If you are looking for an answer to the question What is Artificial Intelligence? and you only have a minute, then here's the definition the Association for the Advancement of Artificial Intelligence offers on its home page: "the scientific understanding of the mechanisms underlying thought and intelligent behavior and their embodiment in machines."
However, if you are fortunate enough to have more than a minute, then please get ready to embark upon an exciting journey exploring AI (but beware, it could last a lifetime) …
A general game-playing program must know the rules of the particular playing game. These rules are:(1) an algorithm indicating the winning state;(2) an algorithm enumerating legal moves. A move gives a set of changes from the present situation.There are two means of giving these rules:(1) We can write a subroutine which recognizes if we have won and another which enumerates legal moves. Such a subroutine is a black box giving to the calling program the answer: 'you win' or 'you do not win', or the list of legal moves. But it cannot know what is in that subroutine.(2) We can also define a language in which we describe the rules of a game. The program investigates the rules written with this language and finds some indications to improve its play. Artificial Intelligence and Heuristic Programming Edinburgh University Press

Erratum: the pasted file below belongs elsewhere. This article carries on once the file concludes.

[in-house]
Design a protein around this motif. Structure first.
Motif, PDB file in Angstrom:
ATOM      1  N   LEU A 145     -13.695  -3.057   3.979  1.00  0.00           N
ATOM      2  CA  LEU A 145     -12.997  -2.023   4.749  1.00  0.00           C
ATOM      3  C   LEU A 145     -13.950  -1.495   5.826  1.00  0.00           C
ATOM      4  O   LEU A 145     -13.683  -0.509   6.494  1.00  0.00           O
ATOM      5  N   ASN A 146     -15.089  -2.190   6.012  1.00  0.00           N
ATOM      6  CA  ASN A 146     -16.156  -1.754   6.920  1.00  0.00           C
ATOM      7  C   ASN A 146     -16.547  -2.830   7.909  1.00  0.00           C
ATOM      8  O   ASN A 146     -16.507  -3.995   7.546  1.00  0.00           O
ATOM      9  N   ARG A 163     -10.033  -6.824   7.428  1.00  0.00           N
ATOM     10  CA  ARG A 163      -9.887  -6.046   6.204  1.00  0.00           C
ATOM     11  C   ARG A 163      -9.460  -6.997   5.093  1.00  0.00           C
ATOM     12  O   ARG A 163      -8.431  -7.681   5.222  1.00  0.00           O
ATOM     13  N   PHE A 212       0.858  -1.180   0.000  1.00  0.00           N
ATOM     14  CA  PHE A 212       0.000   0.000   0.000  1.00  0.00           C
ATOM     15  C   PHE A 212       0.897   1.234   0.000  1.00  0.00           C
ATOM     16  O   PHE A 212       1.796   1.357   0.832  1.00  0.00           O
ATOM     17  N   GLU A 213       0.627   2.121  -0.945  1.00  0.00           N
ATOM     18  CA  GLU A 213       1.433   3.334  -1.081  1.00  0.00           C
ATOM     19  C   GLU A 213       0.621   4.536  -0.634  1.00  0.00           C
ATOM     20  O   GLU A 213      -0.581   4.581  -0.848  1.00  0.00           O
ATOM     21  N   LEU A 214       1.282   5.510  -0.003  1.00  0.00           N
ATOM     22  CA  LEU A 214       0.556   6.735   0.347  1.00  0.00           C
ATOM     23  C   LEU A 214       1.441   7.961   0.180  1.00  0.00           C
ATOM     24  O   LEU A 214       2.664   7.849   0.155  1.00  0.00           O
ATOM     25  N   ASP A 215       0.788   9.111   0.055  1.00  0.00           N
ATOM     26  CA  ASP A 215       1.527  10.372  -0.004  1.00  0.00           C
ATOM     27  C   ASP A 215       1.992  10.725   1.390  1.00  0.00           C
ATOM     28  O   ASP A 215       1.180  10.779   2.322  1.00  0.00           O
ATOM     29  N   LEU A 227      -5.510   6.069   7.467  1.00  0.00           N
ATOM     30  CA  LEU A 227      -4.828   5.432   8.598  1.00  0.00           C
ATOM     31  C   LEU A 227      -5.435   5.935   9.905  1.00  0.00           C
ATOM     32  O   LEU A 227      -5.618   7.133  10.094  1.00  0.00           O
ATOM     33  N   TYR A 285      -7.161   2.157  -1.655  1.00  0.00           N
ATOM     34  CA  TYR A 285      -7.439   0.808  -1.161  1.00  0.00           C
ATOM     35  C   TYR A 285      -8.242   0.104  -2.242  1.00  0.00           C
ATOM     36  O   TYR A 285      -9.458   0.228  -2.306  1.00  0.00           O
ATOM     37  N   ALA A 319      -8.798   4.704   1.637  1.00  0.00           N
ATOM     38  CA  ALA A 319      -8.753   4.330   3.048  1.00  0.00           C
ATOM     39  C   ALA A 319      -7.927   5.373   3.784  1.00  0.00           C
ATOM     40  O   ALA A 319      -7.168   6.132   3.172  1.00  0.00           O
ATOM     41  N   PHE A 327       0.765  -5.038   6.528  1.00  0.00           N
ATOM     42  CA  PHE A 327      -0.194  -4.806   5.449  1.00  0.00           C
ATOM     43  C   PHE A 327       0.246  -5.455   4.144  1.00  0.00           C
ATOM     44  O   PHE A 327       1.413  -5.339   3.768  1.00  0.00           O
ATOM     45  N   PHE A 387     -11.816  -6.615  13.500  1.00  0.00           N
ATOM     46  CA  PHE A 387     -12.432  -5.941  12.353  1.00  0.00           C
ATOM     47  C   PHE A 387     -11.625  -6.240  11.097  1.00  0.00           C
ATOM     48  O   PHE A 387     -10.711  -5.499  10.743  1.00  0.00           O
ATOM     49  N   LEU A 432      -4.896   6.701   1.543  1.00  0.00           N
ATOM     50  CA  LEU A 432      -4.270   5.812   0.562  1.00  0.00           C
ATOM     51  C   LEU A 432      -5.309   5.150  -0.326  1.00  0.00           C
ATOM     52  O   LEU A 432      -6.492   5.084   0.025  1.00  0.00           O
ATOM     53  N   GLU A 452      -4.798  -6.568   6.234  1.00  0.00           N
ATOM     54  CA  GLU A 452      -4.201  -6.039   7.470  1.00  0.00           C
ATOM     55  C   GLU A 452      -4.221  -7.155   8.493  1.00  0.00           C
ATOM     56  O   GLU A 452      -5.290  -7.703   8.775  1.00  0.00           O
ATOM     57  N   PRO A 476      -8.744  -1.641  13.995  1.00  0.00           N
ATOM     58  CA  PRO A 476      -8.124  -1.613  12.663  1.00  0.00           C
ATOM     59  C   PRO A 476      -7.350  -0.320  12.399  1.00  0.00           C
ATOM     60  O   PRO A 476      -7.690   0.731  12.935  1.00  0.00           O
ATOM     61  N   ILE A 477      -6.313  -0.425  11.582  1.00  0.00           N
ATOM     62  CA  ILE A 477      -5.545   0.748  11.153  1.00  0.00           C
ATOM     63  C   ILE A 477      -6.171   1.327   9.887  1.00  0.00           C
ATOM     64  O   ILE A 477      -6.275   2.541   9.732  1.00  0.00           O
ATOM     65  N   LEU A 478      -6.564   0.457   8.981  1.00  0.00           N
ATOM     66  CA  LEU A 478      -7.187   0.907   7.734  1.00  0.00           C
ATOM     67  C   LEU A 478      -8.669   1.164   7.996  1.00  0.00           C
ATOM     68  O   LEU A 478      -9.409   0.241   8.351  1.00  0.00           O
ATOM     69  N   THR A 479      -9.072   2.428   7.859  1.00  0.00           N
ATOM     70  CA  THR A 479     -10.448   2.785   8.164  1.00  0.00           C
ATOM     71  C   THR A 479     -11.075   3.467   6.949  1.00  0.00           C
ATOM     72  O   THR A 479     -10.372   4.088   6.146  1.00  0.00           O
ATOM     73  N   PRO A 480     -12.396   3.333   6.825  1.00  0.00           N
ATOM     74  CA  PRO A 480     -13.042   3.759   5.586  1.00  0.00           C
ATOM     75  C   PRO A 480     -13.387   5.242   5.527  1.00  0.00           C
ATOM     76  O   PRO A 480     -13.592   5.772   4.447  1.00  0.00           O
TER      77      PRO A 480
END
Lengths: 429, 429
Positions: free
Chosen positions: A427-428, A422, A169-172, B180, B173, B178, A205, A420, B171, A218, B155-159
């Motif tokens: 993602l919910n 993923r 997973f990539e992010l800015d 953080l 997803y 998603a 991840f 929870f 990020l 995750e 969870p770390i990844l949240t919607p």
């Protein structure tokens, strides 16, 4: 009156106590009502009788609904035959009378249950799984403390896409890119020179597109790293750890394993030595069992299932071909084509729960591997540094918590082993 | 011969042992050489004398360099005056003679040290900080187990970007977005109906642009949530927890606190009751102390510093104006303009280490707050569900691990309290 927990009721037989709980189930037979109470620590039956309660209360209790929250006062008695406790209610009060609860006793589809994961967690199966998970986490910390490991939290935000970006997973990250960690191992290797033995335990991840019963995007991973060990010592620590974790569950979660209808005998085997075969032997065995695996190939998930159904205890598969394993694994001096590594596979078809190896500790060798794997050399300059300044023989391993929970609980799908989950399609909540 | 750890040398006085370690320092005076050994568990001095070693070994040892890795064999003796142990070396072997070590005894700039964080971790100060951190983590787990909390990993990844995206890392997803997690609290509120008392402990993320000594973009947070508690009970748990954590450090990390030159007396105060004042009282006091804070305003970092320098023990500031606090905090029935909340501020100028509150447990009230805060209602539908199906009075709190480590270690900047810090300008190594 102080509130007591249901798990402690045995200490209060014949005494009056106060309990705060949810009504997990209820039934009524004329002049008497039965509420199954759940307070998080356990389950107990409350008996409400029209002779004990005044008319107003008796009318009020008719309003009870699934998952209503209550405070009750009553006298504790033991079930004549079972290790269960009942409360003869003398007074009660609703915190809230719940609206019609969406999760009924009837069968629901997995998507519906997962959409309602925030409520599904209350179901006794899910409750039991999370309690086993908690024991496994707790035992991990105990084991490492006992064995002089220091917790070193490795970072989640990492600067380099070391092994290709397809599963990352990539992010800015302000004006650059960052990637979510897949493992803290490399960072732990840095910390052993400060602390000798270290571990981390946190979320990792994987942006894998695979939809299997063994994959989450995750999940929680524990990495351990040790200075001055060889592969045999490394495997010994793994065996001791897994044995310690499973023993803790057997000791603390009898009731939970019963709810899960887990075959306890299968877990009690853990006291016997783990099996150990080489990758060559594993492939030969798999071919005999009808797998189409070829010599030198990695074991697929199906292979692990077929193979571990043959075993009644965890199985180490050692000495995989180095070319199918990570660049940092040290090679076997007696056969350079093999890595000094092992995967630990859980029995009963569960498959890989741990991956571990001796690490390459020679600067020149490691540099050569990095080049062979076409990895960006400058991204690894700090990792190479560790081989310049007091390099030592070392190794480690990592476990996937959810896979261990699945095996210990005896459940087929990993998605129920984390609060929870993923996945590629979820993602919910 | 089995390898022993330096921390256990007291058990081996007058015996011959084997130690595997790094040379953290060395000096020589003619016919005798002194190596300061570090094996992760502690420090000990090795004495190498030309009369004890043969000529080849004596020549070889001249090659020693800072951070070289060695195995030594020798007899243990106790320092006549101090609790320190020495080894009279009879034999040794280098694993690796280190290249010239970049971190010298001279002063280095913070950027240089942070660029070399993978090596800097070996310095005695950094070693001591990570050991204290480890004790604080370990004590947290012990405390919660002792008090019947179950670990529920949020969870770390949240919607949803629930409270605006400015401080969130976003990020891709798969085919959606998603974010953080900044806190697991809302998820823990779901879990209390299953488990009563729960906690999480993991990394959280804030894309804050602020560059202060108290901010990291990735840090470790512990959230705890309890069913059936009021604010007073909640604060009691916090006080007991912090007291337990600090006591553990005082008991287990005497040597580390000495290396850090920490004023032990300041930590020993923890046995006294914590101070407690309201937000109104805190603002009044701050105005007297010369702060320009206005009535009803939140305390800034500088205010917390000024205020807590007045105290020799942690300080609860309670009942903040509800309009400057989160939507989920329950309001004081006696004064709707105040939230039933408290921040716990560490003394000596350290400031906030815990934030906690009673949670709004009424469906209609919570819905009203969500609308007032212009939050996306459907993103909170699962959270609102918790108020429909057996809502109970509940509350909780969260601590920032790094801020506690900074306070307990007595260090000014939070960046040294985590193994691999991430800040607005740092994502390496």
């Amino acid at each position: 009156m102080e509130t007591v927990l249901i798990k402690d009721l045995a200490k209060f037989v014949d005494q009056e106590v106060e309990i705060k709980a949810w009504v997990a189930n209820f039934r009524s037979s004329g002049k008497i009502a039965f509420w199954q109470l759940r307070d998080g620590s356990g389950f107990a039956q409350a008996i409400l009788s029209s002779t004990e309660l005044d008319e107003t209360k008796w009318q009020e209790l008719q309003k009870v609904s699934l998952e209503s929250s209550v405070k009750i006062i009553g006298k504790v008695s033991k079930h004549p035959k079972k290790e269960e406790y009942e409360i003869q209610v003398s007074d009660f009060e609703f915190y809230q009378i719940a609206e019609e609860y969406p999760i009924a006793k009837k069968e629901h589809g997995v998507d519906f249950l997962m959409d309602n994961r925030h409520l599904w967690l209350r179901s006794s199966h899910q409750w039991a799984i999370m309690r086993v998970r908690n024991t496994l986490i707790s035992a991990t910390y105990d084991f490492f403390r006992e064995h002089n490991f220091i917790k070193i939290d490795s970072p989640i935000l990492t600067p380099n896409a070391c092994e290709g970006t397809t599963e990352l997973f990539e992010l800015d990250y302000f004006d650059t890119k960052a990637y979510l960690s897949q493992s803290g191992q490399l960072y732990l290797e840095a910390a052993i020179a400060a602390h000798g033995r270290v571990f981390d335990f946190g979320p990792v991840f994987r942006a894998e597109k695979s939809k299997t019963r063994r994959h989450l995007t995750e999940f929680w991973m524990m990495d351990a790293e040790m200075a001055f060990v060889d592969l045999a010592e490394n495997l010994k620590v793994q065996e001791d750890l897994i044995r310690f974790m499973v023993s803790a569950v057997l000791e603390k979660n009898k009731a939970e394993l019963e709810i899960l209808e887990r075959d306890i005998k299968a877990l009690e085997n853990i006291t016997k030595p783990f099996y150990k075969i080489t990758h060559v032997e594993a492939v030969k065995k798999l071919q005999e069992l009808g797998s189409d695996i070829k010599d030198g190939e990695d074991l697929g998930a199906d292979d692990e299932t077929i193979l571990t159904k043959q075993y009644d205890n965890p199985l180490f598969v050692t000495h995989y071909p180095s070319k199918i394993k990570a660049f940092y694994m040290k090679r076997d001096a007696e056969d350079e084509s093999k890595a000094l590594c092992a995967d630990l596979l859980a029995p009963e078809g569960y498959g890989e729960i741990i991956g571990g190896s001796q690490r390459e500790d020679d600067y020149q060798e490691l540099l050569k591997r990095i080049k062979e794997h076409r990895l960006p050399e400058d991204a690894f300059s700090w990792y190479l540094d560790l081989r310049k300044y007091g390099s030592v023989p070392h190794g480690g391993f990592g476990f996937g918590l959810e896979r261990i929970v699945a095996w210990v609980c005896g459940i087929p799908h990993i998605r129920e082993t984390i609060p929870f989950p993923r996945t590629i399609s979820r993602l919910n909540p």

This thesis is concerned with algorithms for generating generalisations-from experience. These algorithms are viewed as examples of the general concept of a hypothesis discovery system which, in its turn, is placed in a framework in which it is seen as one component in a multi-stage process which includes stages of hypothesis criticism or justification, data gathering and analysis and prediction. Formal and informal criteria, which should be satisfied by the discovered hypotheses are given. In particular, they should explain experience and be simple. The formal work uses the first-order predicate calculus. These criteria are applied to the case of hypotheses which are generalisations from experience. A formal definition of generalisation from experience, relative to a body of knowledge is developed and several syntactical simplicity measures are defined. This work uses many concepts taken from resolution theory (Robinson, 1965). We develop a set of formal criteria that must be satisfied by any hypothesis generated by an algorithm for producing generalisation from experience. The mathematics of generalisation is developed. In particular, in the case when there is no body of knowledge, it is shown that there is always a least general generalisation of any two clauses, in the generalisation ordering. (In resolution theory, a clause is an abbreviation for a disjunction of literals.) This least general generalisation is effectively obtainable. Some lattices induced by the generalisation ordering, in the case where there is no body of knowledge, are investigated. The formal set of criteria is investigated. It is shown that for a certain simplicity measure, and under the assumption that there is no body of knowledge, there always exist hypotheses which satisfy them. Generally, however, there is no algorithm which, given the sentences describing experience, will produce as output a hypothesis satisfying the formal criteria. These results persist for a wide range of other simplicity measures. However several useful cases for which algorithms are available are described, as are some general properties of the set of hypotheses which satisfy the criteria. Some connections with philosophy are discussed. It is shown that, with sufficiently large experience, in some cases, any hypothesis which satisfies the formal criteria is acceptable in the sense of Hintikka and Hilpinen (1966). The role of simplicity is further discussed. Some practical difficulties which arise because of Goodman's (1965) "grue" paradox of confirmation theory are presented. A variant of the formal criteria suggested by the work of Meltzer (1970) is discussed. This allows an effective method to be developed when this was not possible before. However, the possibility is countenanced that inconsistent hypotheses might be proposed by the discovery algorithm. The positive results on the existence of hypotheses satisfying the formal criteria are extended to include some simple types of knowledge. It is shown that they cannot be extended much further without changing the underlying simplicity ordering. A program which implements one of the decidable cases is described. It is used to find definitions in the game of noughts and crosses and in family relationships. An abstract study is made of the progression of hypothesis discovery methods through time. Some possible and some impossible behaviours of such methods are demonstrated. This work is an extension of that of Gold (1967) and Feldman (1970). The results are applied to the case of machines that discover generalisations. They are found to be markedly sensitive to the underlying simplicity ordering employed. Ph.D. thesis, Edinburgh University.